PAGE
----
I’ve been thinking about this topic for a long time. Looking in Veloviewer, my fastest bikes for average speed per ride have been my singlespeeds. There’s nothing special about them, I set them up as road single speed and just rode them like normal. Average ride length, time and elevation are all pretty consistent with my regular geared road bikes. Similar weight too although my State Warhawk was heavier than the others by about 5-7 pounds. SS gearing was 72 or 75 gear inches, 700cx25 tires and fenders.
Anyway, my geared bikes generally averaged 16.2 miles per hour, single speeds averaged 16.9 miles per hour. This is pretty crazy, I think the main thing is that single speeds force a total rest on most mild to steep downhills. It’s easy to spin out a 75 inch gear and be forced to coast to rest. This rest then allows for faster speeds on the flats and climbs. I think it’s the same for mtb, you don’t get stuck in that feedback loop of pedaling all the time where you go too fast on the flats and easy corners but then scrub all this wasted speed and wattage because you came in too hot. Better to just flow for most things and have a lower total entry speed but a higher overall speed.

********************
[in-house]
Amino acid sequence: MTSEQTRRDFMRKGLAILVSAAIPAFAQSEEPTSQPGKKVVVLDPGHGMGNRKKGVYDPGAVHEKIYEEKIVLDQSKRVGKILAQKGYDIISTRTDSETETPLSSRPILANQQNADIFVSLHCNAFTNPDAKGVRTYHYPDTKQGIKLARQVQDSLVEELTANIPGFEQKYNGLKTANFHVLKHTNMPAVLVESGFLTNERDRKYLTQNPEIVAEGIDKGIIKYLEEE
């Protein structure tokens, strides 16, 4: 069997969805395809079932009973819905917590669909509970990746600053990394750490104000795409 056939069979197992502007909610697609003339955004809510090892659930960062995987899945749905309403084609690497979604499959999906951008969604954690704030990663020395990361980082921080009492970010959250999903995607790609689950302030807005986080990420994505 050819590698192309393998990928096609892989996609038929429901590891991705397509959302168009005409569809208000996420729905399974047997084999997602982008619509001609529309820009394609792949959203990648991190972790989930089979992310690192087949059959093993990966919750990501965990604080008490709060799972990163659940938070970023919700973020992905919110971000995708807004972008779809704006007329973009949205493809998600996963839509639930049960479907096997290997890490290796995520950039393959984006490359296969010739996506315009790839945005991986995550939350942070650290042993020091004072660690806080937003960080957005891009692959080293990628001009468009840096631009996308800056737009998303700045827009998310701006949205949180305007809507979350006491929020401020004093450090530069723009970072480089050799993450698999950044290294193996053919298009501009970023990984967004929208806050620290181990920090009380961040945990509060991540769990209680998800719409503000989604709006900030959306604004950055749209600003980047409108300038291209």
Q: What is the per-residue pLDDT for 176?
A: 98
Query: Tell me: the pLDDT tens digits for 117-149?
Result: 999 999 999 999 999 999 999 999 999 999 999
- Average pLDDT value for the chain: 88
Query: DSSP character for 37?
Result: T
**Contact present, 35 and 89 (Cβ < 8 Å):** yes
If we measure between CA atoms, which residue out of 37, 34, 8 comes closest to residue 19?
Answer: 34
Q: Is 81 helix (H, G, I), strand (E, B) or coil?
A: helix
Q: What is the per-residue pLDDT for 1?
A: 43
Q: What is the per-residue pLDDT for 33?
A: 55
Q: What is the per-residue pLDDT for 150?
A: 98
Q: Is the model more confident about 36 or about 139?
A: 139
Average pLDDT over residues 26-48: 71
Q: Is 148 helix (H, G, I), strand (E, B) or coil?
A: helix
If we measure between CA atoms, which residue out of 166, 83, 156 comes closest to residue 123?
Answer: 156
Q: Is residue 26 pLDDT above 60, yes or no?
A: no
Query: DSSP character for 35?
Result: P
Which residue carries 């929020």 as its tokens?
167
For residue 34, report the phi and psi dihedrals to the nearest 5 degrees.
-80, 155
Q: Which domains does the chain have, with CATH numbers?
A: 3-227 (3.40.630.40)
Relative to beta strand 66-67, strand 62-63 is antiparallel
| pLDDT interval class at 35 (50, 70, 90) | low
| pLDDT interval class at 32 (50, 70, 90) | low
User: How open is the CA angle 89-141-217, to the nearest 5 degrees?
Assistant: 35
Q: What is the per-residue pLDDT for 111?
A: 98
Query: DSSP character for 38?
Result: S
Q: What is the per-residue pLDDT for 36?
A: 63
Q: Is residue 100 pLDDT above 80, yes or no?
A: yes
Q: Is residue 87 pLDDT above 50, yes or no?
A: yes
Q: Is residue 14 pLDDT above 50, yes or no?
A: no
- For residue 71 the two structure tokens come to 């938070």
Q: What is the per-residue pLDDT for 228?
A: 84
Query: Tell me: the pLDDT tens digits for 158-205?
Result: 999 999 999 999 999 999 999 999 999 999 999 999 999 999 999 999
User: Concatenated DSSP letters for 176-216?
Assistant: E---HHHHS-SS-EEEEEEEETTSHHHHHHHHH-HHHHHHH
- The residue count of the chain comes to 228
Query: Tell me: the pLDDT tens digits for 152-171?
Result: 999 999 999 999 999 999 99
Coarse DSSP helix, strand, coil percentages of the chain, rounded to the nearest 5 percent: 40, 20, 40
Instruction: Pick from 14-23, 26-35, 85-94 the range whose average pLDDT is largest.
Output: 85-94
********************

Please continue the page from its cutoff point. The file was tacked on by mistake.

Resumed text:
Conversely, on the climbs the lower cadence allows your heart rate to drop and aerobic recovery to occur. So then when you get to the flats you can blast away pretty well rested.
It’s like how air resistance is logarithmic so you end up spending more watts per mph to try to go from 30 to 31 mph on a down hill in 50×11 or whatever than you would if you were trying to go from 16 to 17 mph on the flats.